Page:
thumbnail

Evaluation of a prototype surface flow bypass for juvenile salmon and steelhead at the powerhouse of Lower Granite Dam, Snake River, Washington, 1996-2000

North American Journal of Fisheries Management

By:
, , , and
DOI:10.1577/M04-024.1

Links

Abstract

A surface flow bypass takes advantage of the natural surface orientation of most juvenile salmon Oncorhynchus spp. and steelhead O. mykiss by providing a route in the upper water column that downstream migrant fishes can use to pass a hydroelectric dam safely. A prototype structure, called the surface bypass and collector (SBC), was retrofitted on the powerhouse of Lower Granite Dam and was evaluated annually with biotelemetry and hydroacoustic techniques during the 5-year life span of the structure (1996-2000) to determine the entrance configuration that maximized passage efficiency and minimized forebay residence time. The best tested entrance configuration had maximum inflow (99 m 3/s) concentrated in a single surface entrance (5 m wide, 8.5 m deep). We identified five important considerations for future surface flow bypass development in the lower Snake River and elsewhere: (1) an extensive flow net should be formed in the forebay by use of relatively high surface flow bypass discharge (>7% of total project discharge); (2) a gradual increase in water velocity with increasing proximity to the surface flow bypass (ideally, acceleration 3 m/s) to entrain the subject juvenile fishes; (4) the shape and orientation of the surface entrance(s) should be adapted to fit site-specific features; and (5) construction of a forebay wall to increase fish availability to the surface flow bypass should be considered. The efficiency of the SBC was not high enough (maximum of 62% relative to passage at turbine units 4-5) for the SBC to operate as a stand-alone bypass. Anywhere that surface-oriented anadromous fish must negotiate hydroelectric dams, surface flow bypass systems can provide cost-effective use of typically limited water supplies to increase the nonturbine passage, and presumably survival, of downstream migrants. ??Copyright by the American Fisheries Society 2005.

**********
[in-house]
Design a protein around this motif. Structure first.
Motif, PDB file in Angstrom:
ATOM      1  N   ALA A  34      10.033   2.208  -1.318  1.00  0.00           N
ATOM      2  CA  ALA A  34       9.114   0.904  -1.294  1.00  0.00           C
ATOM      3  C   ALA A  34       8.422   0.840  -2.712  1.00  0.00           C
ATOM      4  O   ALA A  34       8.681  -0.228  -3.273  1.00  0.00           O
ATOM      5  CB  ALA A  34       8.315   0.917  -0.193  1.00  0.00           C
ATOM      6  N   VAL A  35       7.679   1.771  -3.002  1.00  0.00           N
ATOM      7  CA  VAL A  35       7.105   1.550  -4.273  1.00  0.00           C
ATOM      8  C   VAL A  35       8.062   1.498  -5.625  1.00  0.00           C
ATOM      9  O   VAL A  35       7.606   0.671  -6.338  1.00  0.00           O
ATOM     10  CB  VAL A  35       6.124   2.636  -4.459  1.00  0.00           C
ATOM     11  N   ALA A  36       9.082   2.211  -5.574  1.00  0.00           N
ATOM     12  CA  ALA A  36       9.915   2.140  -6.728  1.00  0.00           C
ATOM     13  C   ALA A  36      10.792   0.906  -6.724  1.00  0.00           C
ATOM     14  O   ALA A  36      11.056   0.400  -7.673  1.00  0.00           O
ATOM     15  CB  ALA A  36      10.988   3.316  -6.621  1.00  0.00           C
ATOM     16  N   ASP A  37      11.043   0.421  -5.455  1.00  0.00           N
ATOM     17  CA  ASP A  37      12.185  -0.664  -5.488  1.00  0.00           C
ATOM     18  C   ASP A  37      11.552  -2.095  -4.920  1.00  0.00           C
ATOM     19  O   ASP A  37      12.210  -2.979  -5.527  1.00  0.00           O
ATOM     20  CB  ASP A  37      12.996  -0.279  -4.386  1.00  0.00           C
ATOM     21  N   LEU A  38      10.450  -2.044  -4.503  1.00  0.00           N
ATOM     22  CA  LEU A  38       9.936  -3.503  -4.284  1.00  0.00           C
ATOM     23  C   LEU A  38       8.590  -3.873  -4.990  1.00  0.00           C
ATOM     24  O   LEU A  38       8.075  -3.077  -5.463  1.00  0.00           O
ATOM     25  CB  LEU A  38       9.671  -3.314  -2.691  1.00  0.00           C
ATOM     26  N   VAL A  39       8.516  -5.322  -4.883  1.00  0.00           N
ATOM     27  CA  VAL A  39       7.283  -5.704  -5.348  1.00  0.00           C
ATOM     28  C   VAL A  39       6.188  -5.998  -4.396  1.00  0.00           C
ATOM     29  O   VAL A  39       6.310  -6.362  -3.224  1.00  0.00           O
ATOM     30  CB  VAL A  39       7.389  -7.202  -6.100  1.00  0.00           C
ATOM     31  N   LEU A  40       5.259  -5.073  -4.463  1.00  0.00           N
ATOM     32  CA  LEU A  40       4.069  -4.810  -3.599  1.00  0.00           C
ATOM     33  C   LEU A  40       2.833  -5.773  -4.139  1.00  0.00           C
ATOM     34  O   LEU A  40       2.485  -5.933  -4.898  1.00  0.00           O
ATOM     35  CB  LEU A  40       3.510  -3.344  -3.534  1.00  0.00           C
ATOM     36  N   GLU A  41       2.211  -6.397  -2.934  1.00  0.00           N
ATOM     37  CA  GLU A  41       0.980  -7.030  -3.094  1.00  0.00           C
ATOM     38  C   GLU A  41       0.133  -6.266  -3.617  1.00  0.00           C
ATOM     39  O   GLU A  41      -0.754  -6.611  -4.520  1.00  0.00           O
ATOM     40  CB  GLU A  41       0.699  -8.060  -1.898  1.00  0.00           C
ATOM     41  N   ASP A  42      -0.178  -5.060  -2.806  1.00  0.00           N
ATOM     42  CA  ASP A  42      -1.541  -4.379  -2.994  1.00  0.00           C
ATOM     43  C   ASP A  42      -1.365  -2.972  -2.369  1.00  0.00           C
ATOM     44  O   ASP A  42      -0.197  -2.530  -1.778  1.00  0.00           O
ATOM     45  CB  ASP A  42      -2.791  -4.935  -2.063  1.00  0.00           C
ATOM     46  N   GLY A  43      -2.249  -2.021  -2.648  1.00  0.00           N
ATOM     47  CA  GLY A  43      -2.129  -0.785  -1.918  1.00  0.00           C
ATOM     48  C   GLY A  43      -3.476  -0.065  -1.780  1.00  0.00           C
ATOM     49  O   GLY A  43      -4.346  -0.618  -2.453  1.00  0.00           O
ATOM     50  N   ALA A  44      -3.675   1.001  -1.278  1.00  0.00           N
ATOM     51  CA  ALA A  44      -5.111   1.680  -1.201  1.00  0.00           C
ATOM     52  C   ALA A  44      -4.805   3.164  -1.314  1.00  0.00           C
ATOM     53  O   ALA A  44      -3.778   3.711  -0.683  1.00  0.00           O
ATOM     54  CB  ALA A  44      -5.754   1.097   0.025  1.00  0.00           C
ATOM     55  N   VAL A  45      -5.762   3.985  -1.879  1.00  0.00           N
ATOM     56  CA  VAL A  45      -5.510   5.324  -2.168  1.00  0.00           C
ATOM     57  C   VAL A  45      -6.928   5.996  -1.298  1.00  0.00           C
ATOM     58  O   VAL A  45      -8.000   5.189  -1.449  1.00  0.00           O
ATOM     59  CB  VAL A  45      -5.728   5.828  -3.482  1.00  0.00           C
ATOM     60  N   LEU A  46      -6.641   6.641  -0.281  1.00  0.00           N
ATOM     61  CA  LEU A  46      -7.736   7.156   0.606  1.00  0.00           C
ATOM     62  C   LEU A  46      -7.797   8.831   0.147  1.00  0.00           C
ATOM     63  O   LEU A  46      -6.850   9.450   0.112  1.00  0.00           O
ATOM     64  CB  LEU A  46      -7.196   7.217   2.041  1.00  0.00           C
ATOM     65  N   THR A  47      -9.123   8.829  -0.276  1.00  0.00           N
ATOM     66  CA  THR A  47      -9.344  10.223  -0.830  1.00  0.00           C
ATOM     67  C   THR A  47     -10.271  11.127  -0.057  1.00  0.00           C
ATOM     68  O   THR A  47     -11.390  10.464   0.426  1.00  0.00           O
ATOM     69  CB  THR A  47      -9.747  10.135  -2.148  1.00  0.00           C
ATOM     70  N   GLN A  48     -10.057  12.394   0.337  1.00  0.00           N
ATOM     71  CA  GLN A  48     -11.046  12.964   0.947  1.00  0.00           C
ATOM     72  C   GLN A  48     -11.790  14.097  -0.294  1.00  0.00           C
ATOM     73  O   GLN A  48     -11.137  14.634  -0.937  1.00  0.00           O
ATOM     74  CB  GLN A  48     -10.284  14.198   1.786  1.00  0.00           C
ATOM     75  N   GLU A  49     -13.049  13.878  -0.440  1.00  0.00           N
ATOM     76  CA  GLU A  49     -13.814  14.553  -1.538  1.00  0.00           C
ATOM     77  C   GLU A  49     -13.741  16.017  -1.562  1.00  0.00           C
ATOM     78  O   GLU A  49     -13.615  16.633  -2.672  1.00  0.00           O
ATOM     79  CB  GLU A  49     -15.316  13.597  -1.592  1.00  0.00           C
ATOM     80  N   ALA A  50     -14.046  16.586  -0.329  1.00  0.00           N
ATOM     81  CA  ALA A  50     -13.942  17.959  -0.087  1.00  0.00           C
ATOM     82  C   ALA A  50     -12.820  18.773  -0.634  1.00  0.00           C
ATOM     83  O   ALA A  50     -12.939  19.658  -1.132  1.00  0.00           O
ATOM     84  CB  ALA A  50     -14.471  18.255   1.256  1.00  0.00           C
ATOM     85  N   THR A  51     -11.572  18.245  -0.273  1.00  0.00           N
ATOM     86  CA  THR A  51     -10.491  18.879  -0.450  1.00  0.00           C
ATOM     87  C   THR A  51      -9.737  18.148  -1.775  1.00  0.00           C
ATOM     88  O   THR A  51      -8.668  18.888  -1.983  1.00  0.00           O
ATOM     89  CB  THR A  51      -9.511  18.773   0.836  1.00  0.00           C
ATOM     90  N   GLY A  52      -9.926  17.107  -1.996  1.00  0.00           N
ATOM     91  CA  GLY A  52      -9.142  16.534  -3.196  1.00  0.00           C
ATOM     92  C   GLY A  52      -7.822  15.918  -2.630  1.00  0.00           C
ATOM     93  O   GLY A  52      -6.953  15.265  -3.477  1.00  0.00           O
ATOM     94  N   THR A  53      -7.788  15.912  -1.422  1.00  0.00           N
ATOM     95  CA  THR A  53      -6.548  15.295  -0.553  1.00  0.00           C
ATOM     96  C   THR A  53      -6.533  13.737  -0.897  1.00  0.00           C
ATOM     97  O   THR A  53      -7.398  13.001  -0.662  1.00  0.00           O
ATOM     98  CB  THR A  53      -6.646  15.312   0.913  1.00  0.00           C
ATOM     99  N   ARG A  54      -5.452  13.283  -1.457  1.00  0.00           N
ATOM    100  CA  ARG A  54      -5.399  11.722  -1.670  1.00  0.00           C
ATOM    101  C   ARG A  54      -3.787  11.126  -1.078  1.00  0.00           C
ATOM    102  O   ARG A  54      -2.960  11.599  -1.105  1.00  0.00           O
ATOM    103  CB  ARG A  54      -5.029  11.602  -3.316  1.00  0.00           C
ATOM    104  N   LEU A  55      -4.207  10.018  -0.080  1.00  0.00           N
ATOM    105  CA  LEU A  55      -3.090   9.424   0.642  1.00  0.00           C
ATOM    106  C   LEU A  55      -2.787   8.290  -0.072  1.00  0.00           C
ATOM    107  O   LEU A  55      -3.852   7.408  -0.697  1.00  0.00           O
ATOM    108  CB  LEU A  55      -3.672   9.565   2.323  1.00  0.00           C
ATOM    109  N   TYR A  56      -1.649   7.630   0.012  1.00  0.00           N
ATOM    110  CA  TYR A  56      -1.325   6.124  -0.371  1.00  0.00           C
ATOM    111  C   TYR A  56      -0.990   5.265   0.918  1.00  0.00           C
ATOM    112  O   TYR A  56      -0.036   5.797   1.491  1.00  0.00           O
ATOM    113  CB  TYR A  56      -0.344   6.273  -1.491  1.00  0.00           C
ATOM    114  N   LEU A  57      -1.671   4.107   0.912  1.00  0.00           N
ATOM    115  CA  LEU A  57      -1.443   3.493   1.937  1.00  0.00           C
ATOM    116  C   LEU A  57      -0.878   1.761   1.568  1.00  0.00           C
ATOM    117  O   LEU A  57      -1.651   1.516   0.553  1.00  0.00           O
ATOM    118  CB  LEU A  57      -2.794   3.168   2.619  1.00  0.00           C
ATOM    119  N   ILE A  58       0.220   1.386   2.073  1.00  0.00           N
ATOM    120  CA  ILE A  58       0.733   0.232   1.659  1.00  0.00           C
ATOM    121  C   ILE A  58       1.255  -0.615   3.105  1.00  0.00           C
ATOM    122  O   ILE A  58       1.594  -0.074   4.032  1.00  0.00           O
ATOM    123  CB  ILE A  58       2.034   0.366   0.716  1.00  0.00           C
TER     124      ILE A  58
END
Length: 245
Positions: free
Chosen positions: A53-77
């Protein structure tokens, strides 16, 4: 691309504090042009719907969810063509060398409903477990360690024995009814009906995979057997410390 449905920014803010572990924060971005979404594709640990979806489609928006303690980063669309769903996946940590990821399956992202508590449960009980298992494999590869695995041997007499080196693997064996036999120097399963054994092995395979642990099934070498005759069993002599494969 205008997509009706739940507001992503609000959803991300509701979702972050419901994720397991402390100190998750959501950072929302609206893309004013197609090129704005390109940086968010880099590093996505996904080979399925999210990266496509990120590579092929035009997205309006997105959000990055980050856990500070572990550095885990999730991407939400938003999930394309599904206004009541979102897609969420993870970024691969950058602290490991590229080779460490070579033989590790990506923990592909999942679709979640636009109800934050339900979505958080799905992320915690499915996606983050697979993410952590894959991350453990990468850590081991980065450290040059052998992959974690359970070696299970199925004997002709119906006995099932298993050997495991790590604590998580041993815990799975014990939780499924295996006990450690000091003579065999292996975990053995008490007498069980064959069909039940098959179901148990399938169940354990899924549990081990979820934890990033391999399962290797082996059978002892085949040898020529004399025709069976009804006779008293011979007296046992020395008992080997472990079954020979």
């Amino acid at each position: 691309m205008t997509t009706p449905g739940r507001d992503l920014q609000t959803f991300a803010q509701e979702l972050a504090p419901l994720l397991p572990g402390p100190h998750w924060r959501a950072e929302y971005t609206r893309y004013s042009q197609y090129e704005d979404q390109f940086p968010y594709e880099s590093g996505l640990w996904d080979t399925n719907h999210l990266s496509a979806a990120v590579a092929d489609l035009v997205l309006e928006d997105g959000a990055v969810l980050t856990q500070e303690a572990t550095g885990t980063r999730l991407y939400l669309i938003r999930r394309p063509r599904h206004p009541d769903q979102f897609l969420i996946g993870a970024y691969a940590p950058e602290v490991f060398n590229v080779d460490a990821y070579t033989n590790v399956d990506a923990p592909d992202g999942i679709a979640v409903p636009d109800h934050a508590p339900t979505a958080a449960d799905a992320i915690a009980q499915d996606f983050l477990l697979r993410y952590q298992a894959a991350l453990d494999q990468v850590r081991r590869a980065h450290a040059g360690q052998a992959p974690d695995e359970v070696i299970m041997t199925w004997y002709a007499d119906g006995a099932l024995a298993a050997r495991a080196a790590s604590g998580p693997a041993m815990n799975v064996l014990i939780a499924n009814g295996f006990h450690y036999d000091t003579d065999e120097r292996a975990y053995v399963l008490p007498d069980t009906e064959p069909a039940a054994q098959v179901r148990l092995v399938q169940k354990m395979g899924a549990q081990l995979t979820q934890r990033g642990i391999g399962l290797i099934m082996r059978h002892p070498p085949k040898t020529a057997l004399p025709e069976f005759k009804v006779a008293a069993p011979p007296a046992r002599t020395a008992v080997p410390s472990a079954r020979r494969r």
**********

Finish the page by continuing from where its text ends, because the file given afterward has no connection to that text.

Study Area

Additional publication details

Publication type:
Article
Publication Subtype:
Journal Article
Title:
Evaluation of a prototype surface flow bypass for juvenile salmon and steelhead at the powerhouse of Lower Granite Dam, Snake River, Washington, 1996-2000
Series title:
North American Journal of Fisheries Management
DOI:
10.1577/M04-024.1
Volume:
25
Issue:
1
Year Published:
2005
Language:
English
Publisher:
Taylor & Francis
Contributing office(s):
Western Fisheries Research Center
Description:
14 p.
First page:
138
Last page:
151
Country:
United States
State:
Washington
Other Geospatial:
Lower Granite Dam
Online Only (Y/N):
N
Additional Online Files (Y/N):
N